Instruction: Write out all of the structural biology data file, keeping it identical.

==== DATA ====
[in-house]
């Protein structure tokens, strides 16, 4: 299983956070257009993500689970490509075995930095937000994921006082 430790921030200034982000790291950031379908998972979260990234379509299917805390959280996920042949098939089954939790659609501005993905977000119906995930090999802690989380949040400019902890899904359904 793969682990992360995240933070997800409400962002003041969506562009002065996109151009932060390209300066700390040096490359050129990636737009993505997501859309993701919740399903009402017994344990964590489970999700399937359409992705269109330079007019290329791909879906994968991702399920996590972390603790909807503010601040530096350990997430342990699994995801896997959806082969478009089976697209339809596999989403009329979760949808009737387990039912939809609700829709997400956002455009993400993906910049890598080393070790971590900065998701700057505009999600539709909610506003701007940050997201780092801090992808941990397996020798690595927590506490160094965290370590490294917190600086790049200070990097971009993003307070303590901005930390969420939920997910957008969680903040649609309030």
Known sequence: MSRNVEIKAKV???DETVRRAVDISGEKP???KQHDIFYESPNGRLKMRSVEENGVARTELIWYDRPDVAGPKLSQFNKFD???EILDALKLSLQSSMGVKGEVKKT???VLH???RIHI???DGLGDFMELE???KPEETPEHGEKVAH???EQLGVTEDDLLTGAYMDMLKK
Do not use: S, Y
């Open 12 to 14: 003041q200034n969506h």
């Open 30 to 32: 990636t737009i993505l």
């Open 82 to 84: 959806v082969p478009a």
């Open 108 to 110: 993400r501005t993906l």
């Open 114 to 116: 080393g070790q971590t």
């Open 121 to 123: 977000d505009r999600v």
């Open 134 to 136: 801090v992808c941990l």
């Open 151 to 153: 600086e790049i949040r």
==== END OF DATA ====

[in-house]
């Protein structure tokens, strides 16, 4: 299983956070257009993500689970490509075995930095937000994921006082 430790921030200034982000790291950031379908998972979260990234379509299917805390959280996920042949098939089954939790659609501005993905977000119906995930090999802690989380949040400019902890899904359904 793969682990992360995240933070997800409400962002003041969506562009002065996109151009932060390209300066700390040096490359050129990636737009993505997501859309993701919740399903009402017994344990964590489970999700399937359409992705269109330079007019290329791909879906994968991702399920996590972390603790909807503010601040530096350990997430342990699994995801896997959806082969478009089976697209339809596999989403009329979760949808009737387990039912939809609700829709997400956002455009993400993906910049890598080393070790971590900065998701700057505009999600539709909610506003701007940050997201780092801090992808941990397996020798690595927590506490160094965290370590490294917190600086790049200070990097971009993003307070303590901005930390969420939920997910957008969680903040649609309030």
Known sequence: MSRNVEIKAKV???DETVRRAVDISGEKP???KQHDIFYESPNGRLKMRSVEENGVARTELIWYDRPDVAGPKLSQFNKFD???EILDALKLSLQSSMGVKGEVKKT???VLH???RIHI???DGLGDFMELE???KPEETPEHGEKVAH???EQLGVTEDDLLTGAYMDMLKK
Do not use: S, Y
């Open 12 to 14: 003041q200034n969506h």
């Open 30 to 32: 990636t737009i993505l």
């Open 82 to 84: 959806v082969p478009a």
């Open 108 to 110: 993400r501005t993906l």
């Open 114 to 116: 080393g070790q971590t």
């Open 121 to 123: 977000d505009r999600v």
């Open 134 to 136: 801090v992808c941990l």
């Open 151 to 153: 600086e790049i949040r």